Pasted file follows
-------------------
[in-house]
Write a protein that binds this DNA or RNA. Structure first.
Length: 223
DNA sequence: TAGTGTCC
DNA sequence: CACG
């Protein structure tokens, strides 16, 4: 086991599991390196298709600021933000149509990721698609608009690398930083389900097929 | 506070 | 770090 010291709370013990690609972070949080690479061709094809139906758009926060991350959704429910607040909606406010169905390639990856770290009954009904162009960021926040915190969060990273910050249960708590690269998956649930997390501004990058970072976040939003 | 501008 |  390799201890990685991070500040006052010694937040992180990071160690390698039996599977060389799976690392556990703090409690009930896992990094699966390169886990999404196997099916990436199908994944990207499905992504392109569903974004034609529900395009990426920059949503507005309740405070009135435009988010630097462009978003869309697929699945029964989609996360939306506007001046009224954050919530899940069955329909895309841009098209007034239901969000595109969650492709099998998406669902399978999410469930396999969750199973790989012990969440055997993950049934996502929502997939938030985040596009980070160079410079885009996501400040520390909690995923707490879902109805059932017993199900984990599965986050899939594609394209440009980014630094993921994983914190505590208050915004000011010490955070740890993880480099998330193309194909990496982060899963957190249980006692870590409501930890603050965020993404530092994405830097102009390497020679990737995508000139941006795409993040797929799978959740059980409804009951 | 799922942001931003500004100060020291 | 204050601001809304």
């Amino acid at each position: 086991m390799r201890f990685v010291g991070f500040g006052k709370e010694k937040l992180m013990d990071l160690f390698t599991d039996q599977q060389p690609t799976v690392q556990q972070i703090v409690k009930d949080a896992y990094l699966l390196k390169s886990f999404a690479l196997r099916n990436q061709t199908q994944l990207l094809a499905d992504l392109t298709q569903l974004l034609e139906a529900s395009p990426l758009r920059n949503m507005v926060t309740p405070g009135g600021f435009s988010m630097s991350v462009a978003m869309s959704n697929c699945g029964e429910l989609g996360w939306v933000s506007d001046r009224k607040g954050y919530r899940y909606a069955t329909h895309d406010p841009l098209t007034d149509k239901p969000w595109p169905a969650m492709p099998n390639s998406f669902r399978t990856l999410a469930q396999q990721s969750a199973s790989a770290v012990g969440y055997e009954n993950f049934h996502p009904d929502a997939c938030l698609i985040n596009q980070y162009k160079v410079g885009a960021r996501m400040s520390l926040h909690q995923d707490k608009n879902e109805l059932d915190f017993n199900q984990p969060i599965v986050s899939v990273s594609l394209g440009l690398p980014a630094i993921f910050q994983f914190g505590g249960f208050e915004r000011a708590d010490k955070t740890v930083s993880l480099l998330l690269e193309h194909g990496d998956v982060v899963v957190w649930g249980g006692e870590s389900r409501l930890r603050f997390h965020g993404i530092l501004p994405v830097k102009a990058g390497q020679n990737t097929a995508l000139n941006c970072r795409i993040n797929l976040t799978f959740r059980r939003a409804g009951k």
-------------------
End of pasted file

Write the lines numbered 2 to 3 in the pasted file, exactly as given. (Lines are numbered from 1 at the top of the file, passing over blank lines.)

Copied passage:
Write a protein that binds this DNA or RNA. Structure first.
Length: 223